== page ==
The president of the General Assembly of the United Nations, the Ecuadorian Maria Fernanda Espinosa, highlighted on Friday the need to collect 100,000 million dollars every year for the fight against climate change in developing countries.
"The small island developing States, such as Cuba, the most vulnerable countries in the global south, mostly require certain means, sufficient and necessary resources, to deal with climate change," Espinosa said in an interview with Efe. in Havana, where he is on an official visit until Saturday.
Specifically, he urged UN members to make their contributions in the fight against climate change in the form of "the $ 100 billion per year we agreed upon at the Conference of the Parties in Cancun, transfers of low carbon technologies and institutional capacity. "
"Developing countries play their part, but they have to have the tools, the means, to implement the Paris Agreement," he said, referring to the global pact signed in 2016 in the French capital in which the states pledged to take measures to alleviate the global increase in temperature since 2020.
After a visit to Mexico, the ex-chancellor of Ecuador (2017-2018) arrived on Wednesday afternoon to the Cuban capital, where she met with local authorities, including a bilateral meeting with the president, Miguel Díaz-Canel, who in April last year he assumed the command of the country in relief of Raúl Castro.
Of the appointment with Díaz-Canel, which he described as "very profitable and quite extensive", Espinosa highlighted that there was "a great alignment of the priorities and development objectives of Cuba and the 2030 agenda" and praised the Cuban Executive's plan for combat climate change, called Life Task.
He described this initiative as "an interministerial and intersectoral effort" and said that "there is a lot of coincidence in the agendas" of Cuba and the UN, which "is there to serve, accompany and support" the ecological and social advances of the 193 member countries.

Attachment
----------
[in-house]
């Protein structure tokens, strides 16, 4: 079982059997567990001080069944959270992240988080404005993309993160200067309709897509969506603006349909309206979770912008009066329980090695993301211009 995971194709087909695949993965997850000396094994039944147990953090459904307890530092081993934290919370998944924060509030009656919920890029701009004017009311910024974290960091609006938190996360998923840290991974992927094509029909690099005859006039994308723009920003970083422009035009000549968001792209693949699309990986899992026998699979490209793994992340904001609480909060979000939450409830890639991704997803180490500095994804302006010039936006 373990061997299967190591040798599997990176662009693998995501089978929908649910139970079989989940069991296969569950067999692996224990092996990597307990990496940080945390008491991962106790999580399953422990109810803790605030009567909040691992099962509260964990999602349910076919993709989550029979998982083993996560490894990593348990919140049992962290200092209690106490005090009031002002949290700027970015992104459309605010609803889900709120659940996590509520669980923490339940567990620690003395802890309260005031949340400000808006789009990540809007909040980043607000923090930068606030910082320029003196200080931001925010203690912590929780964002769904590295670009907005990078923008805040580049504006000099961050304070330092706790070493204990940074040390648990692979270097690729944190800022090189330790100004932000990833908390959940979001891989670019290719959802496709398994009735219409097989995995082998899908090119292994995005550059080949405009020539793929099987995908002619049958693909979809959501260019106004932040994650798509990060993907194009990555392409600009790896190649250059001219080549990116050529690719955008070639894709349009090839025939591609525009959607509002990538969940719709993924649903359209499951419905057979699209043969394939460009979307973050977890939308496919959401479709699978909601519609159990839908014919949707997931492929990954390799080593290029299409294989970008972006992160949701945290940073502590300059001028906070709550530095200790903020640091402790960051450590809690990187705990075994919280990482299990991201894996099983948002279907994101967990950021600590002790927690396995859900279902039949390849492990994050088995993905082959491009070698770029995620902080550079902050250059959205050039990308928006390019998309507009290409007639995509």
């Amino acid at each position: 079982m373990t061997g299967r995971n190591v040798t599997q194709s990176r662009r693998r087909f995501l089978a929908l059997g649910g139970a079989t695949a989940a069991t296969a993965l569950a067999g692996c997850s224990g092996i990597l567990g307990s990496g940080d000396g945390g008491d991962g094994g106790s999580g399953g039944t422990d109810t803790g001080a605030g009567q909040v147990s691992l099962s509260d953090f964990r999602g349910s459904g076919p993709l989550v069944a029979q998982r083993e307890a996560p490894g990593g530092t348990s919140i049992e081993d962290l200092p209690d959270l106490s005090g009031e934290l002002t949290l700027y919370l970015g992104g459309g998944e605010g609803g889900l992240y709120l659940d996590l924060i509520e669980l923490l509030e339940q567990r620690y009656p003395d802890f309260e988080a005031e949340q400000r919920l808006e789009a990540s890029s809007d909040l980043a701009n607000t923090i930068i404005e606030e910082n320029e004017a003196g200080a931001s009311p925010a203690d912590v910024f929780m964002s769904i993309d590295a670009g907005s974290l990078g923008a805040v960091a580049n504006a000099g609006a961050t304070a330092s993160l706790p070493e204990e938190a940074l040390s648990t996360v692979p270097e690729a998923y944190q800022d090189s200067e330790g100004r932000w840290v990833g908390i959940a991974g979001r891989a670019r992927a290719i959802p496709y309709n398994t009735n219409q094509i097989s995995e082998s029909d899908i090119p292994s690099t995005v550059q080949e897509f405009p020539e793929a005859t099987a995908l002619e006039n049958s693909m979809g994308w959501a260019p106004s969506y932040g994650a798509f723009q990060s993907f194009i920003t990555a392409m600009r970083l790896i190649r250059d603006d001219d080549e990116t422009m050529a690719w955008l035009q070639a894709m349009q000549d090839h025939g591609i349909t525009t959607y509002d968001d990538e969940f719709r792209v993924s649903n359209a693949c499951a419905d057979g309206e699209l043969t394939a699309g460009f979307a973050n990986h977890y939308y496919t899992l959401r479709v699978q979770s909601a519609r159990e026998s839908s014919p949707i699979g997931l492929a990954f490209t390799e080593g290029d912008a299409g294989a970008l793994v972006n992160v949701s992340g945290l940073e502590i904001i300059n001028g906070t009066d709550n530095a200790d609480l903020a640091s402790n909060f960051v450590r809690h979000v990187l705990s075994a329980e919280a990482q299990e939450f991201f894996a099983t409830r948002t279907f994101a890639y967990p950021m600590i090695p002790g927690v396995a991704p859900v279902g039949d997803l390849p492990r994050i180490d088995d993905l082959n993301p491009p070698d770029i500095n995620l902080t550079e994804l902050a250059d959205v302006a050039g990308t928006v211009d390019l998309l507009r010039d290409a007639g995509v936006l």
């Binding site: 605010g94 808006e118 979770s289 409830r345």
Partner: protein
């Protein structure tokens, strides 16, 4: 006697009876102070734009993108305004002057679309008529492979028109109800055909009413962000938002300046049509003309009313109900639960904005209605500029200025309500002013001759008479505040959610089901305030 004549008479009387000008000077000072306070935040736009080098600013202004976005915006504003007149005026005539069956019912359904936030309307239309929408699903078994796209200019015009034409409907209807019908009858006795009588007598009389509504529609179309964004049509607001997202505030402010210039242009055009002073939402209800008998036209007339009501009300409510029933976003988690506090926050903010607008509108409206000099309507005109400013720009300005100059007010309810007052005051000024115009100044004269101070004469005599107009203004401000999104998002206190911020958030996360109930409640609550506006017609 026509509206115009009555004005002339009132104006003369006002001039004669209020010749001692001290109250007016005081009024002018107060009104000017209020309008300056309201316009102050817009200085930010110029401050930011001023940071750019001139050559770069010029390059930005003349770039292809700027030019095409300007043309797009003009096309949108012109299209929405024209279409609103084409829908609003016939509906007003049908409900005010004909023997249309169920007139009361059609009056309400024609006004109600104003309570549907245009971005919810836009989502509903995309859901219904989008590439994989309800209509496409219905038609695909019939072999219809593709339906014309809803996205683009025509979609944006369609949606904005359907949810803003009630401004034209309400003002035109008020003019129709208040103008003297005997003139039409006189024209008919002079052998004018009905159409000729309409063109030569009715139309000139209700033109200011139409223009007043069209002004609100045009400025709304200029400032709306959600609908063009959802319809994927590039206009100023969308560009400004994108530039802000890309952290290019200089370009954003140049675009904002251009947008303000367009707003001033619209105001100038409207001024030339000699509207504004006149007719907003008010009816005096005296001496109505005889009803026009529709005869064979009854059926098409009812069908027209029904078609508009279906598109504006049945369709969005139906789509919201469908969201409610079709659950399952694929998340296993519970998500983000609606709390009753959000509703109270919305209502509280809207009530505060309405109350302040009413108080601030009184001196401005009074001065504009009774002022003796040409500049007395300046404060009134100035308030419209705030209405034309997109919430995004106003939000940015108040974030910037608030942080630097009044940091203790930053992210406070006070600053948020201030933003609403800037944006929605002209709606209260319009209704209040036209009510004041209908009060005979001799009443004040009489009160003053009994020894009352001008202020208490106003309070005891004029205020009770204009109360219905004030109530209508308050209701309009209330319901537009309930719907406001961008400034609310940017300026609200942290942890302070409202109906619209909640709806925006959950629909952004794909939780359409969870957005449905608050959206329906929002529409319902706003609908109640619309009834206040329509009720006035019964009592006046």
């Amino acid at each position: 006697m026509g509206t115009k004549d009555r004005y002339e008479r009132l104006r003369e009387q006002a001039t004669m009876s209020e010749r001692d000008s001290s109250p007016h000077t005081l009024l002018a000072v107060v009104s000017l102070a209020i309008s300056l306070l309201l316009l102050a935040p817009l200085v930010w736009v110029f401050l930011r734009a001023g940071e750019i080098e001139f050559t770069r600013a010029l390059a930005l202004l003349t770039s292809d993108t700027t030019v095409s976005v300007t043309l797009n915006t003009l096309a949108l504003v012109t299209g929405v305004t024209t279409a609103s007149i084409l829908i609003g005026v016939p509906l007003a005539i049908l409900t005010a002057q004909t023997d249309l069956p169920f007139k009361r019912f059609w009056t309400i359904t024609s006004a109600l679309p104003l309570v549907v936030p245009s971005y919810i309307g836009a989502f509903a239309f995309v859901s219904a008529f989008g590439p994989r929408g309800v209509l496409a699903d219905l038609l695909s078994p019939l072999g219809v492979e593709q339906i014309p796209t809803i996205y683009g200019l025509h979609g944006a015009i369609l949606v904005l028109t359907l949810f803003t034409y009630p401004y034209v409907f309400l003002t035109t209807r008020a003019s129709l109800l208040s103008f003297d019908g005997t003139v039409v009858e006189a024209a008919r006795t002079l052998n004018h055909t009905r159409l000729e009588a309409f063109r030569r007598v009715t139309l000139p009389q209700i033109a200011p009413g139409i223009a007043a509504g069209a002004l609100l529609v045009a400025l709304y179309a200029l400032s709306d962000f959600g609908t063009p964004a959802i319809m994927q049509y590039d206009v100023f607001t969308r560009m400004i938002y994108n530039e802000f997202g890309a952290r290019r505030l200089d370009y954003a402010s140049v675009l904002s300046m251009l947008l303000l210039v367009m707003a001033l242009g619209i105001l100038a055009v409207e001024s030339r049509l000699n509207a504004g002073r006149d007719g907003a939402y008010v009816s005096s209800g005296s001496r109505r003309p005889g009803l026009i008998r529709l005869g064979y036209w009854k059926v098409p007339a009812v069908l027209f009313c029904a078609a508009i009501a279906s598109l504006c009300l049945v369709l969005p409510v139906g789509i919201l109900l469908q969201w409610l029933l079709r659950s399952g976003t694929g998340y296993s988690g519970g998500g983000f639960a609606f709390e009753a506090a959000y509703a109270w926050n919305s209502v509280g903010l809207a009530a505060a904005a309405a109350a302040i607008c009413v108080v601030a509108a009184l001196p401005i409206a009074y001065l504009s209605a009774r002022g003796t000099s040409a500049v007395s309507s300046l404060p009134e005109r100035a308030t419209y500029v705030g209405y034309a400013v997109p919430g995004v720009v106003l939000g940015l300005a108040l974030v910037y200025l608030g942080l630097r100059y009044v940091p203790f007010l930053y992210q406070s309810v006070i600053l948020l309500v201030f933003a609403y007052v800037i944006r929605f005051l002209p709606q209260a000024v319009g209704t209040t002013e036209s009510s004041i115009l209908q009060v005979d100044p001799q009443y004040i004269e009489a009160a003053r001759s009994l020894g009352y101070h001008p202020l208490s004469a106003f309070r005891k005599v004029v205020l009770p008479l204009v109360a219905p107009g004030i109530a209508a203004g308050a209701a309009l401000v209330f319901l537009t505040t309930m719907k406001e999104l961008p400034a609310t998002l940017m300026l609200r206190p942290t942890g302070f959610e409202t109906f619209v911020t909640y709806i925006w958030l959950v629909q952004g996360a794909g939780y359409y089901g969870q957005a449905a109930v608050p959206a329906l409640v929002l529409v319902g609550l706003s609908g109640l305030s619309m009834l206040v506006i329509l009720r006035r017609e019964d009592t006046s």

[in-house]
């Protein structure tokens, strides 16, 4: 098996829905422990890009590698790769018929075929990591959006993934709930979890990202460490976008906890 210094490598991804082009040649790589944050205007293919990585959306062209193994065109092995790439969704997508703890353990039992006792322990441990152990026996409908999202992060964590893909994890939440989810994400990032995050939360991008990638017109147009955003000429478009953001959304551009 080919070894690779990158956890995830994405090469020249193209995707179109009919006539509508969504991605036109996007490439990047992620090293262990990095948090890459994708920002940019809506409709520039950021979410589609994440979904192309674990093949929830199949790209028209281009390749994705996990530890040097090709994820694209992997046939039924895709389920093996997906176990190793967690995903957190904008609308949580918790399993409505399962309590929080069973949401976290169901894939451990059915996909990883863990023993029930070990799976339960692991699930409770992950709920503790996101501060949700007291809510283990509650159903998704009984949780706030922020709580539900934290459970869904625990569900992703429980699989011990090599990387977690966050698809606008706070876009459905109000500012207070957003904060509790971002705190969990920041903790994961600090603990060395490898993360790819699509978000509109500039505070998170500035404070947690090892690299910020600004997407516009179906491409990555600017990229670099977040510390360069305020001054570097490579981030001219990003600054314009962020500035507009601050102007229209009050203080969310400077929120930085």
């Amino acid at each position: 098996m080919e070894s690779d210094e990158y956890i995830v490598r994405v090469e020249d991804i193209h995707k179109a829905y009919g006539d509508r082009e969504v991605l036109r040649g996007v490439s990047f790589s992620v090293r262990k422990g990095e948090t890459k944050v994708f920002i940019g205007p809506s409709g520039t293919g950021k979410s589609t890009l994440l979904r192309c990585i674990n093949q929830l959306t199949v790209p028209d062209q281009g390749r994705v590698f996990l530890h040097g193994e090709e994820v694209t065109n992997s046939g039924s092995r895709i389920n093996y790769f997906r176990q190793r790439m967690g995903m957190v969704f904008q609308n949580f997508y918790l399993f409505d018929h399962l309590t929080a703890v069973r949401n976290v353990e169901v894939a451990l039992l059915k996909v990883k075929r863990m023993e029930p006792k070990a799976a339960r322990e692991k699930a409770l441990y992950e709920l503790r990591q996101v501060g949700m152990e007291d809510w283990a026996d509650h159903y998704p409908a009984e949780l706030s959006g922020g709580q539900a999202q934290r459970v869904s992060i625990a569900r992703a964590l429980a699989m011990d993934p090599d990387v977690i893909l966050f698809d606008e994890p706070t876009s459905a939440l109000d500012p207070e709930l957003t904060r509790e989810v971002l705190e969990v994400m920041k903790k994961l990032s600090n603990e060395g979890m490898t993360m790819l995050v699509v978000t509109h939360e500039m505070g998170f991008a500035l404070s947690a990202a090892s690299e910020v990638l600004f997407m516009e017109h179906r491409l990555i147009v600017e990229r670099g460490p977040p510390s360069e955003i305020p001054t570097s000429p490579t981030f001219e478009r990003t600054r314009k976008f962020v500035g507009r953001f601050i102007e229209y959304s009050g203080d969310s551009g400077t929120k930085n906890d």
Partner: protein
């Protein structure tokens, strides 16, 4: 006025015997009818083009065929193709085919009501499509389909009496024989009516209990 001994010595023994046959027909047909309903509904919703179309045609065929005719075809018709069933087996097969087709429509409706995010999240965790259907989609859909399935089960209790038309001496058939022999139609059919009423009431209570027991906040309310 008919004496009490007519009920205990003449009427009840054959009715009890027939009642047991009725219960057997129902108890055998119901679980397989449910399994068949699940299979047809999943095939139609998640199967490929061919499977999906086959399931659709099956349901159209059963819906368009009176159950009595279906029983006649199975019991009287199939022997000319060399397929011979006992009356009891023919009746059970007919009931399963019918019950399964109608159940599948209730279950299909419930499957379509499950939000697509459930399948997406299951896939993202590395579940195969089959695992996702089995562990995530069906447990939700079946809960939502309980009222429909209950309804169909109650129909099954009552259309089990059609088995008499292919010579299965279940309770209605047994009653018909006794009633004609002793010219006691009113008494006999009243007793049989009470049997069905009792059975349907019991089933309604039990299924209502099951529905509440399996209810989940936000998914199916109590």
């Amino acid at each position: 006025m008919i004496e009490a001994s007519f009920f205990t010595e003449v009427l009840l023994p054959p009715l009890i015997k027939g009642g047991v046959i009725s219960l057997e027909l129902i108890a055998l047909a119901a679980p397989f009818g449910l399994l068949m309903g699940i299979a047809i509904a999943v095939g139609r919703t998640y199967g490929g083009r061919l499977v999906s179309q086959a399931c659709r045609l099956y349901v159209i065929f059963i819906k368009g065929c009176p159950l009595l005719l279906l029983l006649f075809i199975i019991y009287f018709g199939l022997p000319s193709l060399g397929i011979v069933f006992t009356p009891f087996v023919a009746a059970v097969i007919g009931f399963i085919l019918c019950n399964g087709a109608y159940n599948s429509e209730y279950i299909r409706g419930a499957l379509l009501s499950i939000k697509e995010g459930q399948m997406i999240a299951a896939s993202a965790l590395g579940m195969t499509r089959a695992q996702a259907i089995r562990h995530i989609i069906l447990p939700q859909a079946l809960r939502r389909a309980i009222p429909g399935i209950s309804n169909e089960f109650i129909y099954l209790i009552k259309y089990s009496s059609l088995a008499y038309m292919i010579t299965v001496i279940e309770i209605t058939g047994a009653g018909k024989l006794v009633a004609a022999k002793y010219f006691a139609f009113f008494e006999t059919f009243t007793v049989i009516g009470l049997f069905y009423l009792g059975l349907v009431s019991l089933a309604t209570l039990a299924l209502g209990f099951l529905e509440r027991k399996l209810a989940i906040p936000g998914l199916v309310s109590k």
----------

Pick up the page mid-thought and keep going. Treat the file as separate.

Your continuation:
Regarding the role in the fight against climate change in the United States, which produces more than 20% of global emissions, the leader of the UN General Assembly was optimistic despite the fact that President Donald Trump announced in 2017 the withdrawal from the Paris Agreement.
"The interesting thing is to see how hundreds of cities and states in the US, like California, have committed to the Paris Agreement and want to do their thing, and that's important because most emissions come from cities because of the use of fossil fuels, "he said.
Espinosa believes that this decentralized adhesion to the agreement in the North American country "is a great engine and will allow that country with a large carbon footprint to do its job well, if not from above horizontally."
Asked about the economic embargo that the US imposed on Cuba for almost 60 years, the leader of the UN reiterated its stance against this measure and urged both parties to star in "a dialogue like the one that started in the recent past and began to bear fruit", in reference to the "thaw" during the end of Barack Obama's term.
"It is dialogue that can lead to a definitive solution to this issue that lasts several decades and has put at risk the right to development of the Cuban people," he concluded.